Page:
What you need to know about energy
Dr Libby Weaver, nutritional specialist, has just finished her New Zealand tour. I was one of thousands around the country who attended her talk, ‘Why am I So Tired?’, which outlined some of the key information from her latest book ‘Exhausted to Energised’. It was a presentation full of great information about energy and here are some of the key learnings I took away from her seminar.
Dr Libby suggests energy is like a bank account. You can’t just keep making withdrawals or you’ll end up living in overdraft. She reminds us that we only have one ‘Earthsuit’, and that if we want it to perform well, we need to look after it. Moreover, she points out that nothing – no amount of supplements, no amount of medication and no amount of exercise – can make up for a poor diet.
What we eat is crucial. Our bodies need a variety of nutrients to create energy, and if we are deficient in any of those nutrients, our bodies are therefore unable to create energy in the way we could if we had a great diet with all the necessary nutrients. What’s more, when we’re stressed, Vitamin B, one of the key players in energy production, gets used to produce adrenaline instead, effectively taking away from our body’s ability to produce energy. When this adrenaline is constant, which is so often the case in our modern society and particularly in post earthquake Christchurch, our sleep is also negatively affected, and our energy levels become more and more depleted, compromising our body’s ability to look after itself.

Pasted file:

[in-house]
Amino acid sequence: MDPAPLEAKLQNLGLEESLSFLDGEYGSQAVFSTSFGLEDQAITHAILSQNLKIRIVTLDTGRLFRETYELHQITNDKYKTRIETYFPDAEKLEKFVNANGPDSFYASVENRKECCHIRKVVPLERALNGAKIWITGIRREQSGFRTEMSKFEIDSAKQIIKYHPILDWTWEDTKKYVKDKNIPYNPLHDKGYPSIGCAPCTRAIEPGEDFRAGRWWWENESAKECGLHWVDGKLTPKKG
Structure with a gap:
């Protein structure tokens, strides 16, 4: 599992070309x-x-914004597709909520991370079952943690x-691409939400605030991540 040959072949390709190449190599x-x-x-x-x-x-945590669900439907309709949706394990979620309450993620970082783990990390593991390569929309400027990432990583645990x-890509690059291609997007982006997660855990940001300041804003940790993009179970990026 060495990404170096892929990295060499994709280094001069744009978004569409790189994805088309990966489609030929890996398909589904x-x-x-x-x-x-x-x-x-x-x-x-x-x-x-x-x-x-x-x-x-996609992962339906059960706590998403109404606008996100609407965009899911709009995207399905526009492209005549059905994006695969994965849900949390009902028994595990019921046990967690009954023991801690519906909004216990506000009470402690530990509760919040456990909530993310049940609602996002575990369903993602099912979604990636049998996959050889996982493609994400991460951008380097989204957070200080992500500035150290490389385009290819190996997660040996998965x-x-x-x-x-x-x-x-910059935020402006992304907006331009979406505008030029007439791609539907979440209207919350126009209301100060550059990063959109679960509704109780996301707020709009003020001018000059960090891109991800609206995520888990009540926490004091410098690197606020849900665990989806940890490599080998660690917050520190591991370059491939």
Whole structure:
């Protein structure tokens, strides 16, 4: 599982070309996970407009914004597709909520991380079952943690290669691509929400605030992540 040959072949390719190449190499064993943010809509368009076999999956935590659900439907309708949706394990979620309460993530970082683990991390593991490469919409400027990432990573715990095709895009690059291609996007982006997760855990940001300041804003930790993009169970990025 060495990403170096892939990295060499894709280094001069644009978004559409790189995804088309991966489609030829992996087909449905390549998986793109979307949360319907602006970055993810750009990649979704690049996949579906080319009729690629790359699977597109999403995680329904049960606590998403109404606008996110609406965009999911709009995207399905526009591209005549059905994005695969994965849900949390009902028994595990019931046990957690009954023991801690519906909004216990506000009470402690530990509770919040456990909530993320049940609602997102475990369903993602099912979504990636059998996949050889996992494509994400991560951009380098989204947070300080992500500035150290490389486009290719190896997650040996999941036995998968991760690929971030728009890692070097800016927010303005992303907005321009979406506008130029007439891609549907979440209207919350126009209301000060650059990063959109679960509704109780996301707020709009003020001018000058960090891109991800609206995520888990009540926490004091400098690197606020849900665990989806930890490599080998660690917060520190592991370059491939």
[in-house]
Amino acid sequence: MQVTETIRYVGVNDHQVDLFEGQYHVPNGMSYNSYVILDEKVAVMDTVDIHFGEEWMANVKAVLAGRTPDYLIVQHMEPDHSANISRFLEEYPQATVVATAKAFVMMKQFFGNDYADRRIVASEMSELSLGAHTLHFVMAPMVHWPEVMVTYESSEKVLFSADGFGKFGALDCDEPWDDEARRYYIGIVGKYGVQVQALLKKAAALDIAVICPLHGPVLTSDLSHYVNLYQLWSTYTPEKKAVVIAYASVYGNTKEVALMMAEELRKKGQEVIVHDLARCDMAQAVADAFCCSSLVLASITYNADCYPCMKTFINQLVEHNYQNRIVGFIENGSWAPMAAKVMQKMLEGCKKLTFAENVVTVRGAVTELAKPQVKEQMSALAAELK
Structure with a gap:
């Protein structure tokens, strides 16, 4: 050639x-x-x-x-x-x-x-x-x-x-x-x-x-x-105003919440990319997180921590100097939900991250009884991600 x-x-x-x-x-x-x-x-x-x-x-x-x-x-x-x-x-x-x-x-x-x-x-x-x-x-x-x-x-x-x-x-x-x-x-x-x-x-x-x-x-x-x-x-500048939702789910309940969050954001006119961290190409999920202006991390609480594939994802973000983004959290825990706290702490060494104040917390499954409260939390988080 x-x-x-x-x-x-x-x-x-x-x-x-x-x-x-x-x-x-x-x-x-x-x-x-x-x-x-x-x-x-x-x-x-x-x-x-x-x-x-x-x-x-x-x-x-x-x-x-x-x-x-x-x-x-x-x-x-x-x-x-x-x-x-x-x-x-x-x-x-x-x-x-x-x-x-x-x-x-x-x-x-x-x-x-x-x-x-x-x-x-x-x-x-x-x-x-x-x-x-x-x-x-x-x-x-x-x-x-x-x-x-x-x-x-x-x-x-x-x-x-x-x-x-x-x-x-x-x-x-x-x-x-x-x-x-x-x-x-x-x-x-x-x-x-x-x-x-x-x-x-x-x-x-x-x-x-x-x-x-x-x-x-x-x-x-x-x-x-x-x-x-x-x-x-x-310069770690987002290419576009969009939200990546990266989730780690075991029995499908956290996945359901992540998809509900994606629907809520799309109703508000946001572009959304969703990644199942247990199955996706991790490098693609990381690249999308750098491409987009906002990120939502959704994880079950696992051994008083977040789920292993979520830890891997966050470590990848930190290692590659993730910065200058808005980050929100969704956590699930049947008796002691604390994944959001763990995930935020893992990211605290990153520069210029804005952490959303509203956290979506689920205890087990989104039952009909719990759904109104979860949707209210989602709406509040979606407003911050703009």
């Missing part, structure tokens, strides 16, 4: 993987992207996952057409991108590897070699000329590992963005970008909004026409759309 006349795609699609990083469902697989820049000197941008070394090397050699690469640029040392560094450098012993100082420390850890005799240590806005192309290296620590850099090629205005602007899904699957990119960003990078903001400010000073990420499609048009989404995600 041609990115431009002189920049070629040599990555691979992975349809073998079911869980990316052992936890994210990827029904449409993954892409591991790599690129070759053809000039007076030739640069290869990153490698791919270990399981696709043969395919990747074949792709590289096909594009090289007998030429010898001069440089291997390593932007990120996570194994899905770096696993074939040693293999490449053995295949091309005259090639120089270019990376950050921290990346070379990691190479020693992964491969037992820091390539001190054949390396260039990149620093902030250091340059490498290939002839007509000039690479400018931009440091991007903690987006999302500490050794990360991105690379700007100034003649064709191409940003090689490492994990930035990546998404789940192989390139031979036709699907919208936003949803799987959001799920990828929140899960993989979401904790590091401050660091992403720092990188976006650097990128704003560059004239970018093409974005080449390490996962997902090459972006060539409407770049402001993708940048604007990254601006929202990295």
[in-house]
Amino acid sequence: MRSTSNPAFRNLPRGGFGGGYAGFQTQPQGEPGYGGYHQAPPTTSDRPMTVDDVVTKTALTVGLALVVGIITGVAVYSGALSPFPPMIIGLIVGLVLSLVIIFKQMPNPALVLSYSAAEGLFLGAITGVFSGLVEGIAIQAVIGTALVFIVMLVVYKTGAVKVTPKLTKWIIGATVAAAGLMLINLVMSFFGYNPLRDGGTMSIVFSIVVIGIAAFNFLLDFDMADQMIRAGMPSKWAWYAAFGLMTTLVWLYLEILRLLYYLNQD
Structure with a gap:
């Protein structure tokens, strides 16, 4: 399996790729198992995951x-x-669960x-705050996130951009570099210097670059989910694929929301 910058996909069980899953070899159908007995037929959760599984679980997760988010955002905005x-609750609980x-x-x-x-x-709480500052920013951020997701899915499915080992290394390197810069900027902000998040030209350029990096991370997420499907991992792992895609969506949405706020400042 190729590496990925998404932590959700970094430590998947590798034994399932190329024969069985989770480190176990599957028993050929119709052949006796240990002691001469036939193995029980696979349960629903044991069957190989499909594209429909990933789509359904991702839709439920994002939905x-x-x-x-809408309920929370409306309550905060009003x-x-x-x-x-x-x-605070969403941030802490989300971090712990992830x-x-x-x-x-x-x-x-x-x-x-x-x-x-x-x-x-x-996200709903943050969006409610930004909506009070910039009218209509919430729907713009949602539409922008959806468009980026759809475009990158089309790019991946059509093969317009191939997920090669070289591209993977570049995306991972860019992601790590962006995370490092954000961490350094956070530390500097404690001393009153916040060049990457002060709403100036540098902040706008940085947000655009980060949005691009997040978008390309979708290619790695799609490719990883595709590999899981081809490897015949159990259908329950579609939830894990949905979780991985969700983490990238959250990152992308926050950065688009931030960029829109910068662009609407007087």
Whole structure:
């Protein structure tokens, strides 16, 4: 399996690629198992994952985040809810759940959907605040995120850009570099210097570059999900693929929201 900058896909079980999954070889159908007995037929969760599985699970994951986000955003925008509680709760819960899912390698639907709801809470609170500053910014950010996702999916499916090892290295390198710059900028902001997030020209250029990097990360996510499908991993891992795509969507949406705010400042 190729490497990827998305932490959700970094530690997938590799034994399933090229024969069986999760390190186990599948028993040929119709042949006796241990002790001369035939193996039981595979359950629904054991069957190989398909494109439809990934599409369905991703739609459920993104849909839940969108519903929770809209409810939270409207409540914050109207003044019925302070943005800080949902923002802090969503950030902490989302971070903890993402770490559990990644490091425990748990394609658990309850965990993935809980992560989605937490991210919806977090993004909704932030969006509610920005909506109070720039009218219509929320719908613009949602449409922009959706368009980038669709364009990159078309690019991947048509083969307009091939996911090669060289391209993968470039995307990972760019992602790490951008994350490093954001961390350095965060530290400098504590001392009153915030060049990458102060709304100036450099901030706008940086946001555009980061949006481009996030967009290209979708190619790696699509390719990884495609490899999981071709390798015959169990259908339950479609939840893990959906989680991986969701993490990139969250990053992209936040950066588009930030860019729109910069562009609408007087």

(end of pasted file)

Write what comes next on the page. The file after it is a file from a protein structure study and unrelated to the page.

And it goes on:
Living with long term stress, whether physical or emotional, changes the way our bodies burn fuel too. Our body interprets this stress as danger, and consequently burns glucose for a quick rush of energy, rather than burning body fat which is necessary for sustained energy, as well as for weight loss. It also starts storing belly fat to protect and nourish our vital organs. Consequently, chronic stress not only depletes energy, it also stops us losing weight and causes us to put it on.
Changing this cycle takes time. Calming your nervous system is key. Meditation, qi gong and tai chi are all great examples of how this can happen. Rethinking our perceptions of urgency and pressure is also important as a lot of the stress we are under comes from us. Added to that, it’s all about changing habits. Choose one thing to change and be consistent (not perfect), and from there add in another change, creating an upward spiral towards energy.
And a final thought from Dr Libby: stay away from the scales. Some people weigh themselves daily, and often first thing in the morning. If we’re not careful, the number on the scales ceases to become just a number showing us our weight, it becomes a reflection of who we are, announcing to us every morning that we are a failure and causing us to start the day with a wave of disappointment. This depletes energy, making it hard to take the actions we need to take.
So all in all, Dr Libby is encouraging us to look after our ‘Earthsuits’. Eat well, move frequently and sleep well. Remove or reframe pressures and increase calm. Choose behaviours that create energy.